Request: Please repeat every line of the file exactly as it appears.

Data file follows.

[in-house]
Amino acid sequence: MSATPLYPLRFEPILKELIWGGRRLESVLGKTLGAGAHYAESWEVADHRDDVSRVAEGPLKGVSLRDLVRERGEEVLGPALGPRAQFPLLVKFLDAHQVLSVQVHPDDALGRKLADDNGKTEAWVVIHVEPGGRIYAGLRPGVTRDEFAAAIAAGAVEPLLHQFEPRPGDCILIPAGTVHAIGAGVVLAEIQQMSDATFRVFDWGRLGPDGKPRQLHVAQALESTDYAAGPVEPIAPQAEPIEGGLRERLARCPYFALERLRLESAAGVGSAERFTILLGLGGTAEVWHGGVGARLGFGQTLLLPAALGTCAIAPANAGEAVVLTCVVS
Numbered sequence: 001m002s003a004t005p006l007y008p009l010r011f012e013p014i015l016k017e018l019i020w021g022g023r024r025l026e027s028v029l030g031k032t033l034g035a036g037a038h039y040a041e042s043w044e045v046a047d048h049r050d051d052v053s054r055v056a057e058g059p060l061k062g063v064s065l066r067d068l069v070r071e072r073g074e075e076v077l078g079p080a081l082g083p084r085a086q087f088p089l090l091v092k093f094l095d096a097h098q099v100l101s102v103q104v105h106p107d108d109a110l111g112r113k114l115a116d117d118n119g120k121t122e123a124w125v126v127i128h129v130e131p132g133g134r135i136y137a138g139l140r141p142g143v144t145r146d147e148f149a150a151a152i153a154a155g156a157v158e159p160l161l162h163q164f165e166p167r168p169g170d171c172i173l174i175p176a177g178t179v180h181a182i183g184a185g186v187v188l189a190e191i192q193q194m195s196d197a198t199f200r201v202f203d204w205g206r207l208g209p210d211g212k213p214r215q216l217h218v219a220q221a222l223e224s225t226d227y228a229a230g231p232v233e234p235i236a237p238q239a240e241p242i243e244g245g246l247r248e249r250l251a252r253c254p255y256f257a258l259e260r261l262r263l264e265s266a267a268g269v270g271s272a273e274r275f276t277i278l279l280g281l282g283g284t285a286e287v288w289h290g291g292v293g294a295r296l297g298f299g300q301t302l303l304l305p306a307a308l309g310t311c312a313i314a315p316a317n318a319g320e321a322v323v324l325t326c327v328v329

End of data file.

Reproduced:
[in-house]
Amino acid sequence: MSATPLYPLRFEPILKELIWGGRRLESVLGKTLGAGAHYAESWEVADHRDDVSRVAEGPLKGVSLRDLVRERGEEVLGPALGPRAQFPLLVKFLDAHQVLSVQVHPDDALGRKLADDNGKTEAWVVIHVEPGGRIYAGLRPGVTRDEFAAAIAAGAVEPLLHQFEPRPGDCILIPAGTVHAIGAGVVLAEIQQMSDATFRVFDWGRLGPDGKPRQLHVAQALESTDYAAGPVEPIAPQAEPIEGGLRERLARCPYFALERLRLESAAGVGSAERFTILLGLGGTAEVWHGGVGARLGFGQTLLLPAALGTCAIAPANAGEAVVLTCVVS
Numbered sequence: 001m002s003a004t005p006l007y008p009l010r011f012e013p014i015l016k017e018l019i020w021g022g023r024r025l026e027s028v029l030g031k032t033l034g035a036g037a038h039y040a041e042s043w044e045v046a047d048h049r050d051d052v053s054r055v056a057e058g059p060l061k062g063v064s065l066r067d068l069v070r071e072r073g074e075e076v077l078g079p080a081l082g083p084r085a086q087f088p089l090l091v092k093f094l095d096a097h098q099v100l101s102v103q104v105h106p107d108d109a110l111g112r113k114l115a116d117d118n119g120k121t122e123a124w125v126v127i128h129v130e131p132g133g134r135i136y137a138g139l140r141p142g143v144t145r146d147e148f149a150a151a152i153a154a155g156a157v158e159p160l161l162h163q164f165e166p167r168p169g170d171c172i173l174i175p176a177g178t179v180h181a182i183g184a185g186v187v188l189a190e191i192q193q194m195s196d197a198t199f200r201v202f203d204w205g206r207l208g209p210d211g212k213p214r215q216l217h218v219a220q221a222l223e224s225t226d227y228a229a230g231p232v233e234p235i236a237p238q239a240e241p242i243e244g245g246l247r248e249r250l251a252r253c254p255y256f257a258l259e260r261l262r263l264e265s266a267a268g269v270g271s272a273e274r275f276t277i278l279l280g281l282g283g284t285a286e287v288w289h290g291g292v293g294a295r296l297g298f299g300q301t302l303l304l305p306a307a308l309g310t311c312a313i314a315p316a317n318a319g320e321a322v323v324l325t326c327v328v329